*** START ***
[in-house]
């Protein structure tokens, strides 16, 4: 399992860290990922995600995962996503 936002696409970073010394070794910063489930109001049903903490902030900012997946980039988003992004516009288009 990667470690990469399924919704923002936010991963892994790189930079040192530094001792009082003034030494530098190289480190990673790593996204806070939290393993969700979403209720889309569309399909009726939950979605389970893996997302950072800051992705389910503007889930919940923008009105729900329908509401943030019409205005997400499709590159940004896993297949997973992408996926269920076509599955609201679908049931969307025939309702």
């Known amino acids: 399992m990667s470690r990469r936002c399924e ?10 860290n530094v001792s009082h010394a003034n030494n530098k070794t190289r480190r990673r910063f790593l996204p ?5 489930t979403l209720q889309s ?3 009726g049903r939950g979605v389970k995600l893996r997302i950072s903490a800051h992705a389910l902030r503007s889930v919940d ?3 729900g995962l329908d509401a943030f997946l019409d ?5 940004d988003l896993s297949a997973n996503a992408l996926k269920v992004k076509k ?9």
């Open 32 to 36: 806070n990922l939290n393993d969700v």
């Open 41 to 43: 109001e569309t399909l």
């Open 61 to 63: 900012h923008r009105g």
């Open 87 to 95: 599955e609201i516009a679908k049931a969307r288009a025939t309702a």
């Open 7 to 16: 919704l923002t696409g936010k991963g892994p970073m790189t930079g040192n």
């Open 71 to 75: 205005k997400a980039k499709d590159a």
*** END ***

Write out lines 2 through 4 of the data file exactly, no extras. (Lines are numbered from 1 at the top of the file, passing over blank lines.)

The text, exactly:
């Protein structure tokens, strides 16, 4: 399992860290990922995600995962996503 936002696409970073010394070794910063489930109001049903903490902030900012997946980039988003992004516009288009 990667470690990469399924919704923002936010991963892994790189930079040192530094001792009082003034030494530098190289480190990673790593996204806070939290393993969700979403209720889309569309399909009726939950979605389970893996997302950072800051992705389910503007889930919940923008009105729900329908509401943030019409205005997400499709590159940004896993297949997973992408996926269920076509599955609201679908049931969307025939309702």
């Known amino acids: 399992m990667s470690r990469r936002c399924e ?10 860290n530094v001792s009082h010394a003034n030494n530098k070794t190289r480190r990673r910063f790593l996204p ?5 489930t979403l209720q889309s ?3 009726g049903r939950g979605v389970k995600l893996r997302i950072s903490a800051h992705a389910l902030r503007s889930v919940d ?3 729900g995962l329908d509401a943030f997946l019409d ?5 940004d988003l896993s297949a997973n996503a992408l996926k269920v992004k076509k ?9």
């Open 32 to 36: 806070n990922l939290n393993d969700v």